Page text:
Managing Remote Teams — Use Checklists

Eric Elliott
Mar 25 · 5 min read
Image- Smoke Art Cubes to Smoke — MattysFlicks — (CC BY 2.0)

On remote teams, conveying team norms is a different process from in the office. Office workers can usually stroll to another desk and ask somebody a question whenever one comes up. On remote teams, your team members may work at different times, or be busy with family errands in the middle of the workday (and that’s OK — people should work when they can be most productive).

So how should remote workers communicate the team’s practices and procedures when they can’t just shout, “Hey, how do we do code reviews around here?”

Checklists.

I’ve been using checklists for years. In software development we have many of them, like the SOLID principles on object-oriented design.

But it wasn’t until I read “The Checklist Manifesto” that I realized the true power of checklists, and started making them standard operating procedures on my software teams.

The book describes a study which is particularly relevant today, because as I type this, the world is suffering from the worst global disaster since World War II: The COVID-19 pandemic. The study was conducted by Stephan Luby with support from Proctor & Gamble to test the effectiveness of anti-bacterial soap, and it delivered incredible results: The incidence of various diseases fell 35% — 52%.

But what’s really interesting about this study is that the kind of soap that was used didn’t make a big difference, and the people already had and used soap. The difference was that the study instructions included two checklists — When to wash hands:

  • Before preparing food or feeding it to others
  • After sneezing our coughing
  • After wiping an infant
  • After using a bathroom

Most people were already washing their hands after using a bathroom, but they weren’t doing it properly. The checklist also included instructions:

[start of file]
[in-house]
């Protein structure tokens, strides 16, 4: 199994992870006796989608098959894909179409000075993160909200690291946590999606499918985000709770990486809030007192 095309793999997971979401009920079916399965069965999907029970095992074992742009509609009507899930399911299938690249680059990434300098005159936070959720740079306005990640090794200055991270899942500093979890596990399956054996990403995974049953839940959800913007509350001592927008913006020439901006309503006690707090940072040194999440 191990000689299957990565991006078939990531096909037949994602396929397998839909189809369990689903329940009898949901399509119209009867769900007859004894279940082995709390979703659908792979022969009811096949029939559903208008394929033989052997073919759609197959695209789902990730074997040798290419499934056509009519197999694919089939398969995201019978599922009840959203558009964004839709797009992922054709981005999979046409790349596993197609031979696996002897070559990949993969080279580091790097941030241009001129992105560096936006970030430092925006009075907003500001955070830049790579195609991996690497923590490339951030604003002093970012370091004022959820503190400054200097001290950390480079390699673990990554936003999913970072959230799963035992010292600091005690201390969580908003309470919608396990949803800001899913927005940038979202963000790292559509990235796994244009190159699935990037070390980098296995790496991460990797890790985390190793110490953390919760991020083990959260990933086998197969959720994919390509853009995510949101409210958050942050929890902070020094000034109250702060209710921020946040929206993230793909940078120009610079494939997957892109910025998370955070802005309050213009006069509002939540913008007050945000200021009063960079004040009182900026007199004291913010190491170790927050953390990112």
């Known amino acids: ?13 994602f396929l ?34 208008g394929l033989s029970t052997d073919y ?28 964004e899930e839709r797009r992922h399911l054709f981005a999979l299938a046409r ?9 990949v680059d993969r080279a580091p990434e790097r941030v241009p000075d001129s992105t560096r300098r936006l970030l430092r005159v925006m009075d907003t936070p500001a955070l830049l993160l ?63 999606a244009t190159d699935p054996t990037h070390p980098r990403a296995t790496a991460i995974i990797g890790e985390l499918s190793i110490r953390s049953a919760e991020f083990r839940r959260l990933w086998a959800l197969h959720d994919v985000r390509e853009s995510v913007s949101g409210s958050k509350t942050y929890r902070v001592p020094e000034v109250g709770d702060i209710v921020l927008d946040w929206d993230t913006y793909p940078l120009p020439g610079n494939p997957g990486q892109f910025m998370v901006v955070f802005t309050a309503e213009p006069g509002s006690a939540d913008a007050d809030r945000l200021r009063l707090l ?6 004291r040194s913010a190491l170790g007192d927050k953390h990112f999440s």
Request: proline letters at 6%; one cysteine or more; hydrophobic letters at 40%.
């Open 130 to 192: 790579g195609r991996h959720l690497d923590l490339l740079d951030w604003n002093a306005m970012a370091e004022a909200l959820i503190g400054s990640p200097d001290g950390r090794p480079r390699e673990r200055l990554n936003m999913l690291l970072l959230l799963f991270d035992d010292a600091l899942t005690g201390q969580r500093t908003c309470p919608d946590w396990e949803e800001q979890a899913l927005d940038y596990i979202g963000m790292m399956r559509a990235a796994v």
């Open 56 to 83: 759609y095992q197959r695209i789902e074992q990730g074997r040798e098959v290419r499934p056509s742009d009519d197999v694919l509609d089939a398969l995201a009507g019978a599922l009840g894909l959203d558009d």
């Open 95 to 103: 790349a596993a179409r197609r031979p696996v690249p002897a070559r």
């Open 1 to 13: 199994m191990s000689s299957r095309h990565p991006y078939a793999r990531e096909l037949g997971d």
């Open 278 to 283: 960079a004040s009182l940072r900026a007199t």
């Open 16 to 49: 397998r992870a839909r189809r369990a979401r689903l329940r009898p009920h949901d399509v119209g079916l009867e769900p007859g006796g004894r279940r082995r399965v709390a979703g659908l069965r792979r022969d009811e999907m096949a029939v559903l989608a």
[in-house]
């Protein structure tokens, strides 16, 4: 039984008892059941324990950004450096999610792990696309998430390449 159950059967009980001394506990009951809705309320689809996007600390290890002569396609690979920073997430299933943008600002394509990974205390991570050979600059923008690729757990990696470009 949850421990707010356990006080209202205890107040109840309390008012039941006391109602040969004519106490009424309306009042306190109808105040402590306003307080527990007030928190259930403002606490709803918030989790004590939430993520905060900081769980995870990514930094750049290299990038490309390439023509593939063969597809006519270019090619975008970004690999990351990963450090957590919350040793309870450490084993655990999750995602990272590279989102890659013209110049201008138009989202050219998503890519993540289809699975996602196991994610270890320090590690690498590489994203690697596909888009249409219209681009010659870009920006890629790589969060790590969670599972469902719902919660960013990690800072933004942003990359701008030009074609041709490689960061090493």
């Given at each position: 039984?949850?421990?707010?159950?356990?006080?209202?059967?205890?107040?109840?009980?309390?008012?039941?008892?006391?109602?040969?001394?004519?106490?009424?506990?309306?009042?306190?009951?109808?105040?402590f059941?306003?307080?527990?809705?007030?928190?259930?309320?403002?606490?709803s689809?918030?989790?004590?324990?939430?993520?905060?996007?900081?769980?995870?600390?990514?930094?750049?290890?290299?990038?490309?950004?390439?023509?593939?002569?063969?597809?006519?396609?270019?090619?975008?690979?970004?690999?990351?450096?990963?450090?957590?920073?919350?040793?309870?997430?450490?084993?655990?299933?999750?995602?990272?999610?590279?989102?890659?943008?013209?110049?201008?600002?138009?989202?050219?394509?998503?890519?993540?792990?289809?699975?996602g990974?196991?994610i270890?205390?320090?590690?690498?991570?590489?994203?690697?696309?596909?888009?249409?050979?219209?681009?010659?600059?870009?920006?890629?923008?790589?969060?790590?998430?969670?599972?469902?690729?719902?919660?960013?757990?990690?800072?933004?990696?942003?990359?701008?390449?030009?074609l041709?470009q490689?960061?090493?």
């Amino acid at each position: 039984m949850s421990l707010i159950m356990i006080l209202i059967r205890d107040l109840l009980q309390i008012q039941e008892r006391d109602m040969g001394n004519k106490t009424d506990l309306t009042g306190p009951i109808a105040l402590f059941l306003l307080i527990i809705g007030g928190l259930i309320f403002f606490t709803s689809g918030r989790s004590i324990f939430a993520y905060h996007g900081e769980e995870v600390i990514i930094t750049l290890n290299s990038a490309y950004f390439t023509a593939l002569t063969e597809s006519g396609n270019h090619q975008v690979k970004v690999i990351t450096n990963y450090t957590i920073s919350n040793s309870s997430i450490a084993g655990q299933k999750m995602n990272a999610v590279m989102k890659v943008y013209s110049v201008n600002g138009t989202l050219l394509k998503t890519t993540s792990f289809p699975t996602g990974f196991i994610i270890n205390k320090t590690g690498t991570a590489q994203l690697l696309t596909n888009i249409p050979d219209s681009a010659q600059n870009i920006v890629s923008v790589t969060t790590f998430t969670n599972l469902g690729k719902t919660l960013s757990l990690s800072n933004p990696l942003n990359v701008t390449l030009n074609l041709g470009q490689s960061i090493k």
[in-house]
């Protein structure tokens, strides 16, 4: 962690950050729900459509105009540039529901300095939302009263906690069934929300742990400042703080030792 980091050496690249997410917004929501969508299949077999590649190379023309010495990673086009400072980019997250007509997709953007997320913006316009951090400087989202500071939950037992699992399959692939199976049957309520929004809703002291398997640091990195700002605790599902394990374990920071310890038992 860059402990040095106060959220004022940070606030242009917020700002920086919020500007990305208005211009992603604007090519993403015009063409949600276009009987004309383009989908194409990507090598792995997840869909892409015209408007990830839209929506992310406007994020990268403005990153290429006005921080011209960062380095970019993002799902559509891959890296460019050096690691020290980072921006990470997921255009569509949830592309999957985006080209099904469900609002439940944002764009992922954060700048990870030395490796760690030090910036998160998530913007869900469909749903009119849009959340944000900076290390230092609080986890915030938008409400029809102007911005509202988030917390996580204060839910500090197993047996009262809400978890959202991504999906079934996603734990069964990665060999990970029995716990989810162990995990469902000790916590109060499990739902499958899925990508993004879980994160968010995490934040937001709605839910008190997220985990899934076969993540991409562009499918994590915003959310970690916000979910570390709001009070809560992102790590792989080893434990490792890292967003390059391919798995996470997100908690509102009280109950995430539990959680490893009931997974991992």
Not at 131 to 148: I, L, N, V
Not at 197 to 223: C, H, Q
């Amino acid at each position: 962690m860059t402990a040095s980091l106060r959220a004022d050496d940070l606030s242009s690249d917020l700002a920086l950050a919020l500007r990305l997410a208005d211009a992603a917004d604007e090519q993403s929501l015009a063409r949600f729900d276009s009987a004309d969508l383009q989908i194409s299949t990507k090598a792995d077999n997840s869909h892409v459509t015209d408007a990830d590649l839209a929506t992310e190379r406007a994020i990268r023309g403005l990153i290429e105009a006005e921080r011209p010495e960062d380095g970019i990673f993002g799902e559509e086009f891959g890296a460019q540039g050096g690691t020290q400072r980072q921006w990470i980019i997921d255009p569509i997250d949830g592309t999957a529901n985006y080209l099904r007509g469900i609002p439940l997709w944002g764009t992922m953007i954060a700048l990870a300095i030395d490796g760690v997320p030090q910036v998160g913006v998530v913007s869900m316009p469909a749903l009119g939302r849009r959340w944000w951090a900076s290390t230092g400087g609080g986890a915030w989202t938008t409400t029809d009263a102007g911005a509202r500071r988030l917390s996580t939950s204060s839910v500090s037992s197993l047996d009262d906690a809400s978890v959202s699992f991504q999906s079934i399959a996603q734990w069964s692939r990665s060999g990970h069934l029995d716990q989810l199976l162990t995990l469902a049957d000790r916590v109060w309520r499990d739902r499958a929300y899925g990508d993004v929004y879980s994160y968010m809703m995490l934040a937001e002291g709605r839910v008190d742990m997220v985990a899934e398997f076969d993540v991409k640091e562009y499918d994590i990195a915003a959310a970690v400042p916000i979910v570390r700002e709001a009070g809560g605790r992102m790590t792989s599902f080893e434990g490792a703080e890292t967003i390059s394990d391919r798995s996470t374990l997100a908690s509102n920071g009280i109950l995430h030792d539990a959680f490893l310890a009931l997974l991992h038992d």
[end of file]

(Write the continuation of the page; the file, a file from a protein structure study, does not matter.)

• Use soap.
  • Wet both hands completely.
  • Rub the soap until it forms a thick lather covering both hands completely.
  • Wash hands for at least 20 seconds [not included in this study, but we know now it takes at least 20 seconds to break down viral bugs including Coronavirus so I’m putting it here for posterity].
  • Completely rinse the soap off.

It was not the particular soap used — any soap is effective. It was the checklists that prevented illness. The checklists changed behaviors and taught people how and when to properly wash their hands.

If you talk to members of my teams, you’ll discover that we create checklists for lots of things. The best checklists are:

  • [ ] Short enough to memorize
  • [ ] Only include the key points

If they get too long, conformance to the checklist drops, as people begin to see checklist points as optional suggestions.

Here are some real examples of the checklists we commonly use on our teams. A few of these (like FIRST and RAIL) are widely used and developed externally. Several others (including 5 Questions, RITE Way, Test Timing, and both CI/CD lists) were developed by me, but inspired by common industry best practices:

Before merging a pull request, check that the following have been considered:

  • [ ] Code is readable
  • [ ] Code is tested
  • [ ] The features are documented
  • [ ] Files are located and named correctly